Springer / BMC
Centre for Research in Aged Care / School of Nursing and Midwifery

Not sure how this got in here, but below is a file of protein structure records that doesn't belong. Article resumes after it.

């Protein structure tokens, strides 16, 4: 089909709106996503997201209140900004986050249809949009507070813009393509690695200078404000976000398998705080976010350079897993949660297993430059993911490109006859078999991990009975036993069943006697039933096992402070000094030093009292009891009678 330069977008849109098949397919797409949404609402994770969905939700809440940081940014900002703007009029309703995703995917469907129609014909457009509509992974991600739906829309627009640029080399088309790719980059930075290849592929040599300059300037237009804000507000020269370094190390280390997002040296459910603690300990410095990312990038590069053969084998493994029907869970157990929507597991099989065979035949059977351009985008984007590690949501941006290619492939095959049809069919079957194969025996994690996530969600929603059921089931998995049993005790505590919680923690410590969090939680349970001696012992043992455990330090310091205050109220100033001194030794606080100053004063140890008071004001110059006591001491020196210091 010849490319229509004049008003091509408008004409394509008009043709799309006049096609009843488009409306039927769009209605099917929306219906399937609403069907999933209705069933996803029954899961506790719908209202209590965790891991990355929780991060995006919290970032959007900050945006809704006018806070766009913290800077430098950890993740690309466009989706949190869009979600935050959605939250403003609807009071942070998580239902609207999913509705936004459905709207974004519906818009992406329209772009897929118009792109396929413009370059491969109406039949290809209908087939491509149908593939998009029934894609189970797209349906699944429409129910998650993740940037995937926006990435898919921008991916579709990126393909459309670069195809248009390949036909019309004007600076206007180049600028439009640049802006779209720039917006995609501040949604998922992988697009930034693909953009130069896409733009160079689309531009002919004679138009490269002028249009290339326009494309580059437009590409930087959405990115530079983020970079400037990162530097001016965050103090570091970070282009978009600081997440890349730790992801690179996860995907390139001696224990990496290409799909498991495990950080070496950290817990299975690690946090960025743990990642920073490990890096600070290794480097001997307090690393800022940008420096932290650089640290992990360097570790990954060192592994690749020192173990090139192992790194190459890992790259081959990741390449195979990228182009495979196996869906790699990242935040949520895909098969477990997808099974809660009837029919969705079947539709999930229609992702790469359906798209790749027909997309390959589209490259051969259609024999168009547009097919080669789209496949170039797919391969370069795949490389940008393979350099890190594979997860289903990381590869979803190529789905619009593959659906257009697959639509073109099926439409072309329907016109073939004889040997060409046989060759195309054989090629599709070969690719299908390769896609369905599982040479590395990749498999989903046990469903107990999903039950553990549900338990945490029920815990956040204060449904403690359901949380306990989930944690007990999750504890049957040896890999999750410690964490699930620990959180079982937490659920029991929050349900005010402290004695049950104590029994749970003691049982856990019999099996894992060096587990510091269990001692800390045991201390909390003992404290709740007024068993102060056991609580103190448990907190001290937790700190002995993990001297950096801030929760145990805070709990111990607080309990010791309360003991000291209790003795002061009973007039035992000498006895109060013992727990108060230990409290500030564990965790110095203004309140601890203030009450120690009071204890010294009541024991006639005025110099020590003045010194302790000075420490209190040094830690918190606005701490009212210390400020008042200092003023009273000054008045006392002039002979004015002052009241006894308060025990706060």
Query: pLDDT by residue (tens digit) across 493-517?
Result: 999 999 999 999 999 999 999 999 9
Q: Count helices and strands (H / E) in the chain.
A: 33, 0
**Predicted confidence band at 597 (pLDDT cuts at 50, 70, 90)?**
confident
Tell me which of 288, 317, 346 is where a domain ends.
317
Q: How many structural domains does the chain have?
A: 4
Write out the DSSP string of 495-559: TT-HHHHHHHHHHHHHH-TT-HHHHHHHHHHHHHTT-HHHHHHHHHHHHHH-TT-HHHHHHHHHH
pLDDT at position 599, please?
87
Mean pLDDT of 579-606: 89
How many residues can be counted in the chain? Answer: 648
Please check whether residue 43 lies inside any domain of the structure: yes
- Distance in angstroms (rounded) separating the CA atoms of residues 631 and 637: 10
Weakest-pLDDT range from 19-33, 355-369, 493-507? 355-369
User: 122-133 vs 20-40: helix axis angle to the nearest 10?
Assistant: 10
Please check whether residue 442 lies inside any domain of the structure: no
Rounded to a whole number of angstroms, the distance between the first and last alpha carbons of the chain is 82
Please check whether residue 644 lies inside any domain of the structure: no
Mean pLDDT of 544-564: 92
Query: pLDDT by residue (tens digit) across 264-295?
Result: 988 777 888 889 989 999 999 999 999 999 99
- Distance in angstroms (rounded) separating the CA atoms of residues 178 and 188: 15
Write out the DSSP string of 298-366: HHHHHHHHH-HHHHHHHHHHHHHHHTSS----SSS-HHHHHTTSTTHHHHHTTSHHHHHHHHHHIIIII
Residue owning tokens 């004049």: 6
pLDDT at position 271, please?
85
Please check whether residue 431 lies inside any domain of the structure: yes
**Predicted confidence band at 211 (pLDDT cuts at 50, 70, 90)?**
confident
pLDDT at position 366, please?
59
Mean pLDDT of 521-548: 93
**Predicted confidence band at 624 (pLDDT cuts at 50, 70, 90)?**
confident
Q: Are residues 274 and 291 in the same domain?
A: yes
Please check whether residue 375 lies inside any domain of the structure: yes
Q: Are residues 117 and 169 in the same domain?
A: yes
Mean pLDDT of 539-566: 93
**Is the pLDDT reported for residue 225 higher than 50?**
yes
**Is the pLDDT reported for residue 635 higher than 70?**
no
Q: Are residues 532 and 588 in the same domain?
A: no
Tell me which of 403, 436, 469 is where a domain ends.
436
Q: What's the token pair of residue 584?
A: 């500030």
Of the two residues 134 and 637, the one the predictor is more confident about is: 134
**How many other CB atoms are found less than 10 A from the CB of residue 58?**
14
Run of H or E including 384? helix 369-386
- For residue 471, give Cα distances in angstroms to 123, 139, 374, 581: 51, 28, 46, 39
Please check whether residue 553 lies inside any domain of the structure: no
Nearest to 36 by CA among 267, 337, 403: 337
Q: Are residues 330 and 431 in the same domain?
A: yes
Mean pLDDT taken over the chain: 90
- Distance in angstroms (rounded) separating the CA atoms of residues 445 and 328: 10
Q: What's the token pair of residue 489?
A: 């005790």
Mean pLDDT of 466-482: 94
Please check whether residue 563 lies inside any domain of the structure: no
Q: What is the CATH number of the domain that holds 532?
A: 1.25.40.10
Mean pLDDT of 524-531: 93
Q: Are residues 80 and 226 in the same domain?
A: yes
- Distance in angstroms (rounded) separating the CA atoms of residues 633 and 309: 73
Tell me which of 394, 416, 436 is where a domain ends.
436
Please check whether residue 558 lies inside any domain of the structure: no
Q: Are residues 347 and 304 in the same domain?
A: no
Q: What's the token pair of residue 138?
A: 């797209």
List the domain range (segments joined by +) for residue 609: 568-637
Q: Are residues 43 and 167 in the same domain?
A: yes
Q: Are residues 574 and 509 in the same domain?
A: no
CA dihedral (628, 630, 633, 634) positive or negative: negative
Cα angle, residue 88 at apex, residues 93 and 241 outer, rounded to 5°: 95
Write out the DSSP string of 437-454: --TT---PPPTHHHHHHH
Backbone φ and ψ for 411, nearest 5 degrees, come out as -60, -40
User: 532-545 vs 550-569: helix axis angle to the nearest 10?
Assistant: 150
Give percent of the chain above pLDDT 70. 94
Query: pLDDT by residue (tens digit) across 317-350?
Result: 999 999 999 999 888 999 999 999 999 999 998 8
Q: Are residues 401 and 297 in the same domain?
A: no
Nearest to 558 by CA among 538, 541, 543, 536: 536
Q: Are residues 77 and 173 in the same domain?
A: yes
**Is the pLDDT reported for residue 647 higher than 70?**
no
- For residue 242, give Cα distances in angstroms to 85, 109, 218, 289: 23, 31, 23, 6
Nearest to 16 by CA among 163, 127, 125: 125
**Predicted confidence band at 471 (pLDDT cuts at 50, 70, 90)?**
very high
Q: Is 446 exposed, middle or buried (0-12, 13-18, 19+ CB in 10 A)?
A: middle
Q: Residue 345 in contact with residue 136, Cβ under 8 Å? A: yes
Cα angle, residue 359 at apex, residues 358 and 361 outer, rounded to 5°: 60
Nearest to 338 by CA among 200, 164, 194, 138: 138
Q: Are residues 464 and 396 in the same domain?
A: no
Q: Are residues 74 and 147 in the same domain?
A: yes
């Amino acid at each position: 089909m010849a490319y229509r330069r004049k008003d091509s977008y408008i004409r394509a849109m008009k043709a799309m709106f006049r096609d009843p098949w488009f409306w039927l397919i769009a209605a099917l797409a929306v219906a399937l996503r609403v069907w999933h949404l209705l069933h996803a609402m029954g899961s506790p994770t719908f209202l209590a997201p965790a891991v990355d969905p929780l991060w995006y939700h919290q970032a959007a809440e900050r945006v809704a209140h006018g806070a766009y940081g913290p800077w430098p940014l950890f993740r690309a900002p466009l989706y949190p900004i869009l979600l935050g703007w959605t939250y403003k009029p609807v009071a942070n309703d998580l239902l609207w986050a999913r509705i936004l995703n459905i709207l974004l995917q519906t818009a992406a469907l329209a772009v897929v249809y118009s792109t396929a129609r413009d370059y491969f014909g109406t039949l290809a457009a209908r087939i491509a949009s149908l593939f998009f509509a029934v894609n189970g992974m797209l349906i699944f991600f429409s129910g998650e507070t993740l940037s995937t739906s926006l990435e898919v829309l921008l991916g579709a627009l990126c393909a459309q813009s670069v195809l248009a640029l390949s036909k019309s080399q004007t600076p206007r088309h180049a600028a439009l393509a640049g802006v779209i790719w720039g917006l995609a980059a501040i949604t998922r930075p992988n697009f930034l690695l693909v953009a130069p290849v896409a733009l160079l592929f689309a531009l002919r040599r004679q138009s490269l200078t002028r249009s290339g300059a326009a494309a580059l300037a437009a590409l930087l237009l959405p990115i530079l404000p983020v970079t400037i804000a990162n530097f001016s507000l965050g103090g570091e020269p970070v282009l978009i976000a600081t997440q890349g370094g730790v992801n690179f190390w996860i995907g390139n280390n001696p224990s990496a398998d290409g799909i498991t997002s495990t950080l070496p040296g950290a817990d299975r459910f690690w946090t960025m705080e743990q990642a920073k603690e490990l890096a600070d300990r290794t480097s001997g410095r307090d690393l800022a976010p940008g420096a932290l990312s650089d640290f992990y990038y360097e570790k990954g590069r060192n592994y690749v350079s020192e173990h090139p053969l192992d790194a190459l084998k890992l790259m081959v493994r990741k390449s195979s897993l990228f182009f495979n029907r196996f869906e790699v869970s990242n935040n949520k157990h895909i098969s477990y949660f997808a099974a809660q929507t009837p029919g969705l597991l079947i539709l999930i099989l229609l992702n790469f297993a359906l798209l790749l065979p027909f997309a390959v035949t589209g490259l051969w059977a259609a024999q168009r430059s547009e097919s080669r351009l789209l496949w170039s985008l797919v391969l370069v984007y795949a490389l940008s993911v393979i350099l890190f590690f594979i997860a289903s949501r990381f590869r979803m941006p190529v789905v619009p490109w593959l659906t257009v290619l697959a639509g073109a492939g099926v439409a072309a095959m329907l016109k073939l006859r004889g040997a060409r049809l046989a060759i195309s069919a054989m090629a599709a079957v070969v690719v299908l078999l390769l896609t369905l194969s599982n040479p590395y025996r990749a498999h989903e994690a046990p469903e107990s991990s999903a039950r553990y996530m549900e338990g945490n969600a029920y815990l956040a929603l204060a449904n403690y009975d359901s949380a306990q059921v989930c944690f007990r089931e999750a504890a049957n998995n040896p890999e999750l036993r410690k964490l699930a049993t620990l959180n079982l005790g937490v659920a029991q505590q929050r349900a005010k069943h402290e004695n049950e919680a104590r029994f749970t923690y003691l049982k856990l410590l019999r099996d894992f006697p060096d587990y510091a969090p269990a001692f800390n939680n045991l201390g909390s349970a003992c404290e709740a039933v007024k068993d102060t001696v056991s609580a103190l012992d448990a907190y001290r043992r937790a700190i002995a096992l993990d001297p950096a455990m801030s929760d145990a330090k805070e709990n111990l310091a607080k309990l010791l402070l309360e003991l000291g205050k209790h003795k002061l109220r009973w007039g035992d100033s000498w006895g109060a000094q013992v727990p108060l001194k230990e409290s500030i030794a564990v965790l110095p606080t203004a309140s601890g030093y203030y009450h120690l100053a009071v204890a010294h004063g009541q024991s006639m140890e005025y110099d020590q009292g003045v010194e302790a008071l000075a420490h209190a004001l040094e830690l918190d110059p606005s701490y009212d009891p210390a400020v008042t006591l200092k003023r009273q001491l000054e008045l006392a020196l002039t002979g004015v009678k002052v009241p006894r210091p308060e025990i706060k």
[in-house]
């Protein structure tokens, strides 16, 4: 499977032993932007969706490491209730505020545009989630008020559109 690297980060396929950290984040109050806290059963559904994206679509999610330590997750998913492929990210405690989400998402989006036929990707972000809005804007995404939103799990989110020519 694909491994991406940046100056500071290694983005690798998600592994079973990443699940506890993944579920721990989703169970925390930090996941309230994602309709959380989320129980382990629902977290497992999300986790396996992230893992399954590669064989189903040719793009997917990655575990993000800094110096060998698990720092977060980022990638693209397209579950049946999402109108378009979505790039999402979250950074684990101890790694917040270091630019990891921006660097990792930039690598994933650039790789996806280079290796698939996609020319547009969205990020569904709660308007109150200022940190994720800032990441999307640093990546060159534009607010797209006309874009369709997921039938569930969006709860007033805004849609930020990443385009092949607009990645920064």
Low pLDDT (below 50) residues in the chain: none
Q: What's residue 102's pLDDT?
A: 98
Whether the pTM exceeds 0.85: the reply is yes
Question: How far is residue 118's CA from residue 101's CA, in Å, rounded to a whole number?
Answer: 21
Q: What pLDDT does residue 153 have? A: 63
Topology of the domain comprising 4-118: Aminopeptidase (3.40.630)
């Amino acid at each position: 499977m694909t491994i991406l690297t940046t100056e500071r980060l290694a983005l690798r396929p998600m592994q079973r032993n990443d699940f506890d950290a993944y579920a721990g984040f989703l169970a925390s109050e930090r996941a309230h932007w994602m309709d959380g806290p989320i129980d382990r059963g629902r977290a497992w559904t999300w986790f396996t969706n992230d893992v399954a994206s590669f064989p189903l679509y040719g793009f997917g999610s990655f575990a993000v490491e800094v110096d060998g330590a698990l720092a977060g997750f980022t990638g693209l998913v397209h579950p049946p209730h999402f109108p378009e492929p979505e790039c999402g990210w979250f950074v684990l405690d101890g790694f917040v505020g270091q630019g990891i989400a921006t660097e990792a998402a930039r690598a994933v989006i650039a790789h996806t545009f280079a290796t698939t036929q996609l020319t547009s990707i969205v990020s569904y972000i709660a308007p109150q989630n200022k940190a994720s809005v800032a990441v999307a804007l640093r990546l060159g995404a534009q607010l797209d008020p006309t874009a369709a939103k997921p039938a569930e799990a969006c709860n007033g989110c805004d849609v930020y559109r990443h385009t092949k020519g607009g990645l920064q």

Background: The prescription of psychotropic medication to older people living with dementia in residential aged care has become an increasing concern. The use of prescription medication is often prefaced as a way of preventing harm to self and others. However, the use of such medications has been considered a way of managing some of the behavioural and psychological symptoms of dementia. Using a large secondary data set, this study aimed to identify the precursors and mediating factors that influence the use of chemical restraint of older people in residential aged care. Methods: Publicly available documents from the Australian Royal Commission into Aged Care Quality and Safety were used as the data corpus for this study. Keywords were used to search over 7000 documents to extract a set of topic-related content. We identified the cases of seven people in respite or permanent residential aged care who had been prescribed or administered psychotropic medication under circumstances that appeared to demonstrate chemical restraint. All documents relating to the cases were collated for our data set. A descriptive case study approach to analysis was taken. Results: Four key descriptive patterns were identified: labelling and limits to tolerance, pushing prescription as a solution, coverups and avoiding consent, and family’s fight for liberty. Triangulation across the data and academic literature supports the findings. Conclusion: Our findings provide some insight into how chemical restrain happens. Featuring throughout the cases were reports of a lack of workforce capacity to care for and support residents exhibiting dementia behaviours. Prescription of psychotropic medications featured as a “first resort” care solution. Family and friends found such approaches to care unacceptable and frequently challenged the practice. Where consent for prescription was explicitly denied, more covert approaches are demonstrated. Family awareness, presence, and advocacy were key to challenging the practice of chemical restraint. Shortfalls in the capacity of the current workforce come into play here. However, workforce shortcomings can no longer mask this ubiquitous practice. Just as importantly the spotlight needs to be turned on the prescribers and the providers.
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